So, while desalination plants seem to be the answer in water-stressed communities, the costs and energy required for sea water desalination are so high that most communities would do better to focus on other means of accessing a water supply and conserving what fresh water they already have.

Desalination plant

πŸ”Ž How Does Desalination Work?

Desalination works by removing salts and minerals from water, which makes it safe for drinking or agricultural use.

Seawater is pumped into the plant, where it is treated by the plant’s desalination technologies before being pumped into a private or public water system, depending on its intended use.

There are a few different desalination methods that may be used at desalination plants. The most common of these are multi-flash distillation and reverse osmosis.


Distillation occurs when salt water is allowed to evaporate and condense on a cool surface, leaving the impurities behind in the evaporation location.

There are a few different types of distillation, including natural evaporation, solar distillation, multi-stage flash distillation, vacuum distillation, and wave-powered distillation.

The most popular type of distillation used for seawater desalination is multi-stage flash distillation.

A seawater desalination plant that uses multi-stage flash distillation sends water through a series of flash evaporations. With each flash process, the energy produced from the water vapor condensation in the previous step is used.

Reverse Osmosis

A reverse osmosis desalination plant uses reverse osmosis membranes to remove the majority of total dissolved solids from water, including dissolved salts and minerals.

RO is the leading desalination process today. Reverse osmosis filters send salt water at a high pressure through a semi-permeable membrane, which rejects salts and other contaminants. This high-pressure reject stream is flushed out of the system while the pure water molecules continue out of a different exit.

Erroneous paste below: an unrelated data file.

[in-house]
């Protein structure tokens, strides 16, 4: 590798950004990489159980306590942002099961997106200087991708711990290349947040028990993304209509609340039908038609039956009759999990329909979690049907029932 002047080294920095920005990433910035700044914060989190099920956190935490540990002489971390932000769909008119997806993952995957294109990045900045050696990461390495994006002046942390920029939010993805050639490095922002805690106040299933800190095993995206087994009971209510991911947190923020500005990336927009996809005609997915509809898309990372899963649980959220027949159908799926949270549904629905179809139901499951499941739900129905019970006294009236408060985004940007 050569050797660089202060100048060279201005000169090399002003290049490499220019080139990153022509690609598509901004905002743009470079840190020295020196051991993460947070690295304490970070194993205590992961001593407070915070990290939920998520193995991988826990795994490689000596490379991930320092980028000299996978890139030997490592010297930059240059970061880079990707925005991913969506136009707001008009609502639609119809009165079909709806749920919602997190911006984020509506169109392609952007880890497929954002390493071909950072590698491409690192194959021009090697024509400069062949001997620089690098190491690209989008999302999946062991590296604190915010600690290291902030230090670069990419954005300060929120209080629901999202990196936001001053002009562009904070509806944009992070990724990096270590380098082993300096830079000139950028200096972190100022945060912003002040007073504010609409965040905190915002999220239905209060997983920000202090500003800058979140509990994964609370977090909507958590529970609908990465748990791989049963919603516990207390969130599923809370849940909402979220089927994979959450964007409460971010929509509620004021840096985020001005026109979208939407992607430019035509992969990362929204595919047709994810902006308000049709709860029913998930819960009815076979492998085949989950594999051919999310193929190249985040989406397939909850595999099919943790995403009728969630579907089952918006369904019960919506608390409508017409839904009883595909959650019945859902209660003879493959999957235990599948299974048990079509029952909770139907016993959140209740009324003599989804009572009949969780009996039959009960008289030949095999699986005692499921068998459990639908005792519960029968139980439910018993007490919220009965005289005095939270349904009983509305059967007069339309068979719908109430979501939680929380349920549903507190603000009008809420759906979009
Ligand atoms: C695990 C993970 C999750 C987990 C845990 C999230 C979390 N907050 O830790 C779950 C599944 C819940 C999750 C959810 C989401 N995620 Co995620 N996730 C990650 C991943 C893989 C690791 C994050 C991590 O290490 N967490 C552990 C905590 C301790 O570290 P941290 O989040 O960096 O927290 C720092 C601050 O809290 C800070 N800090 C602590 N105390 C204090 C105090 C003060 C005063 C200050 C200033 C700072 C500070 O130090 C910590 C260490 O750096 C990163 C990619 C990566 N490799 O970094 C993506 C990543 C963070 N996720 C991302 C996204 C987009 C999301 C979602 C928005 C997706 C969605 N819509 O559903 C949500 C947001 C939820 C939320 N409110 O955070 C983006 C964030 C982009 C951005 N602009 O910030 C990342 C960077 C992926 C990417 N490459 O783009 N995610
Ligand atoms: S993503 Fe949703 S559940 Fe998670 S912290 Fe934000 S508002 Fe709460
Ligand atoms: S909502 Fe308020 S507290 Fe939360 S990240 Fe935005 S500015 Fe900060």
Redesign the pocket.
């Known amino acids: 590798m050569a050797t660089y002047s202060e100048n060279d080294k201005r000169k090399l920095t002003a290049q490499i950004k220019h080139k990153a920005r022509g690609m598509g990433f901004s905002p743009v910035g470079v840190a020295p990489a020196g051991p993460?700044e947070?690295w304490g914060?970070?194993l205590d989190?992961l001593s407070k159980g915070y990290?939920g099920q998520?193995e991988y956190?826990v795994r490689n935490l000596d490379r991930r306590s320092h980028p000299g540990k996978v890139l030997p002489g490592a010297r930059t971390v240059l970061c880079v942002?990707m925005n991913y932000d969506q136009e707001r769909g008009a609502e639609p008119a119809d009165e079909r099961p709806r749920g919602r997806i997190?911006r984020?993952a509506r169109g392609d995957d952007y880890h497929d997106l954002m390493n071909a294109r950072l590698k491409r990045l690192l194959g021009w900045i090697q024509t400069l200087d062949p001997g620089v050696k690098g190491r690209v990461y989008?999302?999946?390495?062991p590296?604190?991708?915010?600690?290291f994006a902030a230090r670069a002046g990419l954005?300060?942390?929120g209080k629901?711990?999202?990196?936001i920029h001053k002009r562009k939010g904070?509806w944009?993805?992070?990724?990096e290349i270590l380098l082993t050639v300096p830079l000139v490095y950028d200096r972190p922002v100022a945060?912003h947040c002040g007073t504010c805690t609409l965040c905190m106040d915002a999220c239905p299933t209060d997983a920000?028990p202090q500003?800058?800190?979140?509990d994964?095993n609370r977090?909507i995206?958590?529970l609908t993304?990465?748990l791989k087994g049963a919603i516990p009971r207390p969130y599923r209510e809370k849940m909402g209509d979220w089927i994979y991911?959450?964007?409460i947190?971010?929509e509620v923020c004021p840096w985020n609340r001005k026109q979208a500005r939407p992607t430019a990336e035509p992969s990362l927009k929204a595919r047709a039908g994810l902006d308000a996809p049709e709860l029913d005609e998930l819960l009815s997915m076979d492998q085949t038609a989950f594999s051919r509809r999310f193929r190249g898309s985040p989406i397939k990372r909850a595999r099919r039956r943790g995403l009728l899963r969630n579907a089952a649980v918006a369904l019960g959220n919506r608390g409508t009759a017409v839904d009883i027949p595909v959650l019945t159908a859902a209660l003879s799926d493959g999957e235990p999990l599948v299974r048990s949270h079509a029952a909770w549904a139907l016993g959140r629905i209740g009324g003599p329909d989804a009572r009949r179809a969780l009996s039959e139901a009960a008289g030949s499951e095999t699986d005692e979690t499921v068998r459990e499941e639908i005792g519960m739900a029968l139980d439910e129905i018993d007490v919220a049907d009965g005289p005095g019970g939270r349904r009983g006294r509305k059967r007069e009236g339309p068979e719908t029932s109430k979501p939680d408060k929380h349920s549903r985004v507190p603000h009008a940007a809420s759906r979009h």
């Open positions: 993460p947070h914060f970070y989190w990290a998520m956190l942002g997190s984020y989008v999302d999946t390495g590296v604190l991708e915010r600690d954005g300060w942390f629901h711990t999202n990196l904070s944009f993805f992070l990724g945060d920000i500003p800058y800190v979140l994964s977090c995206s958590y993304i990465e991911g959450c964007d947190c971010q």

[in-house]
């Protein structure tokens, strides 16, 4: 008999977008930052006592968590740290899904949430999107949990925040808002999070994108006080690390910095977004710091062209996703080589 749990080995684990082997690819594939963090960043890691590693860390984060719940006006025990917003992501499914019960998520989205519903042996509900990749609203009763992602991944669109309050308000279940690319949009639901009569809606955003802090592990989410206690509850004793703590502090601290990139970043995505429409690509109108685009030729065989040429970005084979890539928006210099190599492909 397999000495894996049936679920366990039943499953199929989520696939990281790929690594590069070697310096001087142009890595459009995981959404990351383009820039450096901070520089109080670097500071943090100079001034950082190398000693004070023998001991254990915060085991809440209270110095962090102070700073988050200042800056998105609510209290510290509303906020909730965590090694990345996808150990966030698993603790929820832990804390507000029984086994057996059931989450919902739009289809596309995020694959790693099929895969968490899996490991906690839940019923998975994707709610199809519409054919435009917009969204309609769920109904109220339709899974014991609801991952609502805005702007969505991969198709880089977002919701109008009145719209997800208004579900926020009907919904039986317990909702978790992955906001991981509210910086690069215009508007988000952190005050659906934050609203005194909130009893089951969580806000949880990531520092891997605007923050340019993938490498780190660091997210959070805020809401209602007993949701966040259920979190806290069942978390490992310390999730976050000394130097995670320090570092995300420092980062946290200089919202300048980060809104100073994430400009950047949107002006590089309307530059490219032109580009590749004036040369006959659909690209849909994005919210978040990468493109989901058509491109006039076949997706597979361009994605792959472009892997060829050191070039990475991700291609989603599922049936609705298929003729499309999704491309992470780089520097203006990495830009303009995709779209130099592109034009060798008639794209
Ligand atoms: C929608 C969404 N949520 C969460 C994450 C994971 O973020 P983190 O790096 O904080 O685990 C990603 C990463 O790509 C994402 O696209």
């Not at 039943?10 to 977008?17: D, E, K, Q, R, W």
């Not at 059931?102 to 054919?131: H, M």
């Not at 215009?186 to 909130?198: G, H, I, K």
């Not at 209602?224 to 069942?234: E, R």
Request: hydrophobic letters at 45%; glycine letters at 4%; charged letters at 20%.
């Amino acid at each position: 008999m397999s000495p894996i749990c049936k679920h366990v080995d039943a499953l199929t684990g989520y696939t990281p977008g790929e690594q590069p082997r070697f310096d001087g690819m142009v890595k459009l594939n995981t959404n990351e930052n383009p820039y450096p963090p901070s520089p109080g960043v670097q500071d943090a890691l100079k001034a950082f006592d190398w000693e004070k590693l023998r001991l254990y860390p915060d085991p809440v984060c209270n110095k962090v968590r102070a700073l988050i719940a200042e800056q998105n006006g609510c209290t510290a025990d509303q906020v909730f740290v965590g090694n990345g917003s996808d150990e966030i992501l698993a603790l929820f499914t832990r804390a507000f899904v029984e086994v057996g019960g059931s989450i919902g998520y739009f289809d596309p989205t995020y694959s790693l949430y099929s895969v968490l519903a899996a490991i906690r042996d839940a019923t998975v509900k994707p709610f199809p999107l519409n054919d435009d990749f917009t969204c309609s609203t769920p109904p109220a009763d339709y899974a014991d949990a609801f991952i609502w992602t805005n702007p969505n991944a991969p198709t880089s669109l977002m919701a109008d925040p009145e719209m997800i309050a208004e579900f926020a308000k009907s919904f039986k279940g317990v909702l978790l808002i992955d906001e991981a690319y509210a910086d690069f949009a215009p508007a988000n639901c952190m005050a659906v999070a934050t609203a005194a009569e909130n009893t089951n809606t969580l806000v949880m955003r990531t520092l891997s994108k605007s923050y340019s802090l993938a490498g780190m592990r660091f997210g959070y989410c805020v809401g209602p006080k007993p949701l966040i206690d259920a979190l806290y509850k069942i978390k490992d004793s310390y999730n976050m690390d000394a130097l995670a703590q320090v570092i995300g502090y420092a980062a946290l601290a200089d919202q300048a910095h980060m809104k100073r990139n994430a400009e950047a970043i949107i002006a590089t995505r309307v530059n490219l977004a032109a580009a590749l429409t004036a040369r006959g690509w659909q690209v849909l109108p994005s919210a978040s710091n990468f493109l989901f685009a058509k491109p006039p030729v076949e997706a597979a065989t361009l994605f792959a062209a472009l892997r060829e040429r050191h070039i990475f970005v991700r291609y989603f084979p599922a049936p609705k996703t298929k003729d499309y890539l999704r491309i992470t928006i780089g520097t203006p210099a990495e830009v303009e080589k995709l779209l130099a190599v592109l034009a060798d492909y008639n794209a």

RO technology for seawater desalination continues to improve. New plants can use more efficient technologies, reduce their plant footprints, and lower the cost of their energy sources.

There are a few factors that affect the efficiency of RO, including:

  • The presence of calcium and magnesium
  • Colloids and other insoluble impurities
  • Viruses and bacteria
  • Dissolved organic carbon

Water must be processed in a pre-treatment stage, which may add anti-scaling agents, fouling inhibitors, and organic polymers to the water, to prevent damage and fouling of the membrane. The semipermeable membranes should also be cleaned routinely and flushed with fresh water.

There are a few other types of osmosis that might be used at a seawater desalination plant, including forward osmosis. However, reverse osmosis is the most popular method.

Reverse osmosis desalination plant
James Grellier, CC BY-SA 3.0, via Wikimedia Commons

πŸ“€ At-Home Water Desalination

Reverse osmosis and distillation can also be used on a much smaller scale for at-home water desalination.

There aren’t many reasons why you should primarily want to remove salt from your fresh drinking water at home, since it should have very low salt concentrations anyway.